Category Archives: Intrastate CrowdFunding

The Battle to Launch a Next-Generation Retirement Product & Control $14 Trillion in Investment Direction

By Dara Albright,CrowdFunding Beat Guest Editor, FinTechREVOLUTION.tv  , Dara Albright Media,

In the Fall of 2016, I penned an article entitled, “Modernizing the Self-direct IRA – The Trillion Dollar FinTech Opportunity” – the first in a new series of articles that focuses on next-generation retirement planning. The piece underscored how FinTech will mend America’s flawed retirement system and foster the growth of “digital” investing.

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This initial report drew attention to the growing necessity for a low-cost, high speed, autonomous retirement solution that would meet the demands of today’s alternative micro-investor. Most significantly, the piece summarized the two distinct individual retirement account prototypes – the Brokerage IRA and the Trust Company IRA – which are vying to become the self-directed IRA exemplar and dominate the $14 trillion retail retirement market.

Sometimes I feel like I am the only one sensing a war brewing in the retail retirement market. But then again, I am somewhat clairvoyant.

Perhaps the majority of America’s retail investors are too busy reluctantly allocating their retirement dollars to sanctioned bond funds – many of which yield more clout than performance – to even notice the race to create a next-generation retail retirement product that will economically custody coveted micro-sized alternative investment products and, in doing so, ensure that a greater number of Americans maintain more properly diversified retirement portfolios.

Maybe most old-school financial professionals are just too preoccupied chasing the “whale” to realize the imminent colossal impact of the rising micro-alternative investor.

No matter the rationale, the fact is that this battle to produce a next-generation retail retirement vehicle is likely to go down as the largest industry duel in the history of commerce – dwarfing the cola and software wars by trillions.

The victorious retirement product stands to inherit the power to redirect $14 trillion dollars of mutual fund assets and disrupt long-standing retirement asset monopolies – thus paving the way for a superior breed of investment products to emerge (download: http://www.slideshare.net/smox2011/the-trillion-dollar-fintech-opportunity).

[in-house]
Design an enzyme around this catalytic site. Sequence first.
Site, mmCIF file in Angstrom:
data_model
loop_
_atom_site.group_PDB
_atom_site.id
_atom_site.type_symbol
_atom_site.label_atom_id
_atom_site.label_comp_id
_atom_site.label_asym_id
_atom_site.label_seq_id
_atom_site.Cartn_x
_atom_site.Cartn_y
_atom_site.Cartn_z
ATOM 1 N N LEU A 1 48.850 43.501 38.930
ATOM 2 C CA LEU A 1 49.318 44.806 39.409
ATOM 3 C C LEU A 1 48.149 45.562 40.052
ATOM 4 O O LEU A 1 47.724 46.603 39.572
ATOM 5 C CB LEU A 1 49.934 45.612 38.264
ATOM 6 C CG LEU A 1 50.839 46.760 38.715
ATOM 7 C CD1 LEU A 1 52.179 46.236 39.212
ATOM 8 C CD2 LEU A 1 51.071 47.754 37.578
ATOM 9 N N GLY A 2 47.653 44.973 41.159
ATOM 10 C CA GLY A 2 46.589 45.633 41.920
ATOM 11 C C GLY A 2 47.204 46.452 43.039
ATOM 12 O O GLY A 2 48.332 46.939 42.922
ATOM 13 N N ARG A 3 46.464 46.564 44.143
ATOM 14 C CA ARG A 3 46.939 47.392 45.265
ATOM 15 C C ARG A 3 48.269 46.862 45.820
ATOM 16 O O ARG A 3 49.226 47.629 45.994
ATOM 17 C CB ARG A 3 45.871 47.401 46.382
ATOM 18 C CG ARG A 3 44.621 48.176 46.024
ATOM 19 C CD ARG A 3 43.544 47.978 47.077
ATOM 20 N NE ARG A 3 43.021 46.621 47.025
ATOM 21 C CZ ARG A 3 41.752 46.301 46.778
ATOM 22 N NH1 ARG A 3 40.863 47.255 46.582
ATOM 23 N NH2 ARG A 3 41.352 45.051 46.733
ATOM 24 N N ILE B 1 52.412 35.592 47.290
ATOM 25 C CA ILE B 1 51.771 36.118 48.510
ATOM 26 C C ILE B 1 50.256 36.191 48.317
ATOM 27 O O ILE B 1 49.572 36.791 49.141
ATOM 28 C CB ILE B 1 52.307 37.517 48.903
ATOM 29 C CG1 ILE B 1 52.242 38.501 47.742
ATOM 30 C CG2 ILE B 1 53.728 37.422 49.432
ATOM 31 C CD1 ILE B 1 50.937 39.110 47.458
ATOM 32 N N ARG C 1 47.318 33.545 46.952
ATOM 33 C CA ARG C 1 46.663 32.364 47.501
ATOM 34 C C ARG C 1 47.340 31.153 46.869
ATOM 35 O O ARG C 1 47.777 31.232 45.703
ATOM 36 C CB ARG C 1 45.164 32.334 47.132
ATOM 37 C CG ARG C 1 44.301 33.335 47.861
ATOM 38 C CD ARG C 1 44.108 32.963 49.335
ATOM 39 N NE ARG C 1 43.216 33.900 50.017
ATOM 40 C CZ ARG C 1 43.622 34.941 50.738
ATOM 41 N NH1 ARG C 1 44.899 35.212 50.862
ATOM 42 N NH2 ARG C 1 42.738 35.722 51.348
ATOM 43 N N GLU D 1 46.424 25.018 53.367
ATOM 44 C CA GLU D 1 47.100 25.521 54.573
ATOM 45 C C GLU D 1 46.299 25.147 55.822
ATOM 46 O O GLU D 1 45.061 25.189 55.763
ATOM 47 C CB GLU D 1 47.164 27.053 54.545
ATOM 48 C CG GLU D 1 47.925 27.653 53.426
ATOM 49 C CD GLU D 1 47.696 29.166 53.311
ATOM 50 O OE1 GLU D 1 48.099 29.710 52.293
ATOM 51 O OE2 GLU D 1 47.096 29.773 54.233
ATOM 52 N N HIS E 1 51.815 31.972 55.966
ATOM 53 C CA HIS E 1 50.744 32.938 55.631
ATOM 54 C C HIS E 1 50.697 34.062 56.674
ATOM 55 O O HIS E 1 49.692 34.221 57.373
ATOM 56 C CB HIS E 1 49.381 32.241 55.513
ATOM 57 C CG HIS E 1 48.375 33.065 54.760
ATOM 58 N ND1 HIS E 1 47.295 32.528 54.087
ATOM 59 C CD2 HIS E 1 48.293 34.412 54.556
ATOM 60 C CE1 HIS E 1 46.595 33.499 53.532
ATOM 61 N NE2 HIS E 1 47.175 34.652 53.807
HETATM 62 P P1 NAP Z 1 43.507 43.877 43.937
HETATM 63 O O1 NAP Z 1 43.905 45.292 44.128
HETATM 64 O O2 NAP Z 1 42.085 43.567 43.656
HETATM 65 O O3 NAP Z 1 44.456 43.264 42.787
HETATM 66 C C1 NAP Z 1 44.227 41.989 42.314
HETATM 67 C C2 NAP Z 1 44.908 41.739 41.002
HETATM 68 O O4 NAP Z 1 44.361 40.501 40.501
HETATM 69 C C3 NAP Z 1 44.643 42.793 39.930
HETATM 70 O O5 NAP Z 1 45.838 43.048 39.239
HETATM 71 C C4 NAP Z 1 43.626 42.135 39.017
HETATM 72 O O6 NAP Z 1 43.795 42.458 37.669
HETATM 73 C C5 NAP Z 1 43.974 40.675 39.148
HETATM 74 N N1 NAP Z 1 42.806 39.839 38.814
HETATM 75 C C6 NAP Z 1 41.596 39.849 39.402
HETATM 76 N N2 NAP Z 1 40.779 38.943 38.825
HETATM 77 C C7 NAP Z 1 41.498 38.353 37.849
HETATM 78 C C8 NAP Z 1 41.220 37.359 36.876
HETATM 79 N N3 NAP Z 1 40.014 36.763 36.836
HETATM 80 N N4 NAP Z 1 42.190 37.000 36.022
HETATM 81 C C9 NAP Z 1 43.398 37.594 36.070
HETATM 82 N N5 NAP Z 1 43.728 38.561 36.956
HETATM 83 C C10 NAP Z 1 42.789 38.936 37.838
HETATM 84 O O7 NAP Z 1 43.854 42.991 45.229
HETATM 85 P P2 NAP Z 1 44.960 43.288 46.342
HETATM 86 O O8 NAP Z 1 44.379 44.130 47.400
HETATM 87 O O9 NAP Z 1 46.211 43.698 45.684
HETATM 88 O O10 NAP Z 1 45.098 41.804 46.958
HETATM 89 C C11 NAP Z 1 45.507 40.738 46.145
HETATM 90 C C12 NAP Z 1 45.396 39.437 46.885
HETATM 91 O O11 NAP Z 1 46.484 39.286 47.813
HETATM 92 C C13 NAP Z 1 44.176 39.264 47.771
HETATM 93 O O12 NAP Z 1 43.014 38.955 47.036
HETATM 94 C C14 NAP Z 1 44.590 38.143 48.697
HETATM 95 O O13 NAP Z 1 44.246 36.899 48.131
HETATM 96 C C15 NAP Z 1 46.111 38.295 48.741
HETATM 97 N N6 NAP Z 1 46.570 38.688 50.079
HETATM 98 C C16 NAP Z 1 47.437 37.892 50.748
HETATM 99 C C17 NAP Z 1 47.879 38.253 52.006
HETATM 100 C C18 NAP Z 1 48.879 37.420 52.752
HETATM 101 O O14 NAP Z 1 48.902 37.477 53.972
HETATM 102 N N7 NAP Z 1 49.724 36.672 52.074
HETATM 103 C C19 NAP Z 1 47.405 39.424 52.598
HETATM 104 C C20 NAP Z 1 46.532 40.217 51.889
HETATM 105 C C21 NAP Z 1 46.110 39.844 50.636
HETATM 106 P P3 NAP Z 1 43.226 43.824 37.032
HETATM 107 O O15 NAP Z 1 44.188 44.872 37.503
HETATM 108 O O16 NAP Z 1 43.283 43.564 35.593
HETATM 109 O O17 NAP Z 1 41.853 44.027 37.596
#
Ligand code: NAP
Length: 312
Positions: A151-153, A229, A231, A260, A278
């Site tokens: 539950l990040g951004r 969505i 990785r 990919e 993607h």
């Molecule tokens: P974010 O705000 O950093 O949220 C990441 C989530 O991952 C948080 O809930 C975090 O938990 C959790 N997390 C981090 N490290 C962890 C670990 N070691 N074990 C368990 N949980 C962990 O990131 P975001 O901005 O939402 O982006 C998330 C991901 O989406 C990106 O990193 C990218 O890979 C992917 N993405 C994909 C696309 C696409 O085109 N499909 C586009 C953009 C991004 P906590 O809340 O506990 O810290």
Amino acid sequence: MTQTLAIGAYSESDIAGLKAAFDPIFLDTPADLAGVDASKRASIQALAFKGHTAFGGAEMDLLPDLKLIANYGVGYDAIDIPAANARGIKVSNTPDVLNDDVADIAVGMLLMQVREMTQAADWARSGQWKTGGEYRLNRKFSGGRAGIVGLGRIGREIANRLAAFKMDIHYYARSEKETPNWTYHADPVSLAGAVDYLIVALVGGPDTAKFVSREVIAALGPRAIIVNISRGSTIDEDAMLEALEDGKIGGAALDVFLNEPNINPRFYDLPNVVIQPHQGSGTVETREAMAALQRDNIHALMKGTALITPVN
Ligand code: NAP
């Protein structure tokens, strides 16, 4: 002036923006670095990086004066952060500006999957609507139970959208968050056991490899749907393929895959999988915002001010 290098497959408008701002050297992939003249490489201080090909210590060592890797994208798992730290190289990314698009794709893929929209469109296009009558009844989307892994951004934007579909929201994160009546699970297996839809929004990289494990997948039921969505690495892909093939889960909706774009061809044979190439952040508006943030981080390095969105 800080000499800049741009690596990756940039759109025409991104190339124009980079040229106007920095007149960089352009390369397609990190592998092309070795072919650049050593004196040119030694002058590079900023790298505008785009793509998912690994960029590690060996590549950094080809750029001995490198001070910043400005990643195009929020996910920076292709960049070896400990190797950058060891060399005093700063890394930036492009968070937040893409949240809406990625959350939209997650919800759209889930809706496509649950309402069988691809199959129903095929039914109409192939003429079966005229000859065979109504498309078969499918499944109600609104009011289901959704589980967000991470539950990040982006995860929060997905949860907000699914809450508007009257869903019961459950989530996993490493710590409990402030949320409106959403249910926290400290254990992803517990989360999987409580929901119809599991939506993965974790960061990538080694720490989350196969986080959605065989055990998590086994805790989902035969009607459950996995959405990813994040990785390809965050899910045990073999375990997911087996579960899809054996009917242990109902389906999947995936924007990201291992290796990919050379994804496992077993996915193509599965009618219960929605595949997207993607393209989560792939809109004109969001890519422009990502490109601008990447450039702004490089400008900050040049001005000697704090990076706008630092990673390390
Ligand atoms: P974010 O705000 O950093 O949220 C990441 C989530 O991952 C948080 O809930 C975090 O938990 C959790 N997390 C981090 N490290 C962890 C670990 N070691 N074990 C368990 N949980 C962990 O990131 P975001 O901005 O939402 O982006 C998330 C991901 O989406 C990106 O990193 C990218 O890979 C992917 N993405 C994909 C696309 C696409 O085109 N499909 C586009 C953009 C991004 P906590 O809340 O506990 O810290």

Unlike previous corporate clashes, the winning IRA model is easy to predict. The frontrunner will be the one possessing the most optimum technological and regulatory framework to accommodate the needs of the modern retail investor. Today’s retail investor is not looking for another mutual fund. He is not begging for ETFs. Nor is he interested in day-trading stocks. Instead, he is craving yield, and he is demanding access to the same level of returns that institutions have been enjoying for years through alternative asset diversification. Simply put, modern investors are looking for a self-directed retirement vehicle that enables them to readily, easily and affordably spread tiny increments of retirement capital across a broad range of asset classes.

Except for the possibility of a sudden legislative change, hands down, the trust company based model will emerge as the clear victor. The Brokerage IRA is bound by too many compliance constraints to enable it to efficiently and cost-effectively facilitate micro investments into alternative asset classes such as P2P notes or crowdfinanced offerings.

The Trust Company IRA, by contrast, operates under a much more favorable regulatory scheme, and any technological shortcomings are presently being addressed and conquered (see: http://www.prnewswire.com/news-releases/ira-services-launches-p2p-lendings-first-cloud-based-api-driven-retirement-investment-solution-at-lendit-2016-300247413.html).

Because it is faster and easier to overcome a technological deficiency than it is to amend regulations, the Trust Company IRA will continue to amass a significant advantage. This is especially true as technology becomes less and less of a commodity and the political climate becomes more and more contentious

There are simply too many compliance-related obstacles that FINRA-regulated BDs would need to surmount in order to formidably compete with the trust company based model. Perhaps one of the most pressing is the Department of Labor’s fiduciary rule which is scheduled to take effect in April.

Under the new DOL rule – which expands the definition of a fiduciary to include commission-based brokers – brokerage firms that handle retail retirement accounts will find themselves facing additional and unwelcomed liability.

In the wake of the DOL rule, retail brokerages have already been seen scrambling to adjust their existing retail retirement product lines. Merrill Lynch has announced that it will be closing its commission-based retirement business altogether, and Edward Jones pronounced that it will simply stop offering mutual funds and ETFs as options in commission-based retirement accounts.

Yes, you read that correctly. Retail brokerages would prefer to limit access to investment products or exit the retail retirement business altogether than to deal with the regulatory headaches of helping small investors prepare for retirement.